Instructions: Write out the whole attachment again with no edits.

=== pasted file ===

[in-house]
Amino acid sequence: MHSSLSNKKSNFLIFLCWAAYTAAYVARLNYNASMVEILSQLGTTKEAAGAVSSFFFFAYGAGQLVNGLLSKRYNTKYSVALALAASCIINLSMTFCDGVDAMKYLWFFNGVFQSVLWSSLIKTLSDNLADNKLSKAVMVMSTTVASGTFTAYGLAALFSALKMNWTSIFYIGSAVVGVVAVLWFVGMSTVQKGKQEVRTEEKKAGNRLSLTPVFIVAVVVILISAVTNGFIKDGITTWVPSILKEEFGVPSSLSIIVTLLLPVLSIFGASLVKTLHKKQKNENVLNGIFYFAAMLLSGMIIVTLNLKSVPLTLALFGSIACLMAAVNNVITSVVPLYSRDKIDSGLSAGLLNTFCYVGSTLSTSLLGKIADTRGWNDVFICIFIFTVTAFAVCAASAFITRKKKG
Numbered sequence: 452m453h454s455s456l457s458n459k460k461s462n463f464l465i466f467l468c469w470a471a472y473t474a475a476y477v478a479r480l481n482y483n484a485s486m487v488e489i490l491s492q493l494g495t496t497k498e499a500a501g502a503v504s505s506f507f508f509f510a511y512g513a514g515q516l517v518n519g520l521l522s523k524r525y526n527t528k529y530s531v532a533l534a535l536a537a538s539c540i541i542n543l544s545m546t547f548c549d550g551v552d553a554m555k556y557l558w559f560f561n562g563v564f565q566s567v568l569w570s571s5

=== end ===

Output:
[in-house]
Amino acid sequence: MHSSLSNKKSNFLIFLCWAAYTAAYVARLNYNASMVEILSQLGTTKEAAGAVSSFFFFAYGAGQLVNGLLSKRYNTKYSVALALAASCIINLSMTFCDGVDAMKYLWFFNGVFQSVLWSSLIKTLSDNLADNKLSKAVMVMSTTVASGTFTAYGLAALFSALKMNWTSIFYIGSAVVGVVAVLWFVGMSTVQKGKQEVRTEEKKAGNRLSLTPVFIVAVVVILISAVTNGFIKDGITTWVPSILKEEFGVPSSLSIIVTLLLPVLSIFGASLVKTLHKKQKNENVLNGIFYFAAMLLSGMIIVTLNLKSVPLTLALFGSIACLMAAVNNVITSVVPLYSRDKIDSGLSAGLLNTFCYVGSTLSTSLLGKIADTRGWNDVFICIFIFTVTAFAVCAASAFITRKKKG
Numbered sequence: 452m453h454s455s456l457s458n459k460k461s462n463f464l465i466f467l468c469w470a471a472y473t474a475a476y477v478a479r480l481n482y483n484a485s486m487v488e489i490l491s492q493l494g495t496t497k498e499a500a501g502a503v504s505s506f507f508f509f510a511y512g513a514g515q516l517v518n519g520l521l522s523k524r525y526n527t528k529y530s531v532a533l534a535l536a537a538s539c540i541i542n543l544s545m546t547f548c549d550g551v552d553a554m555k556y557l558w559f560f561n562g563v564f565q566s567v568l569w570s571s5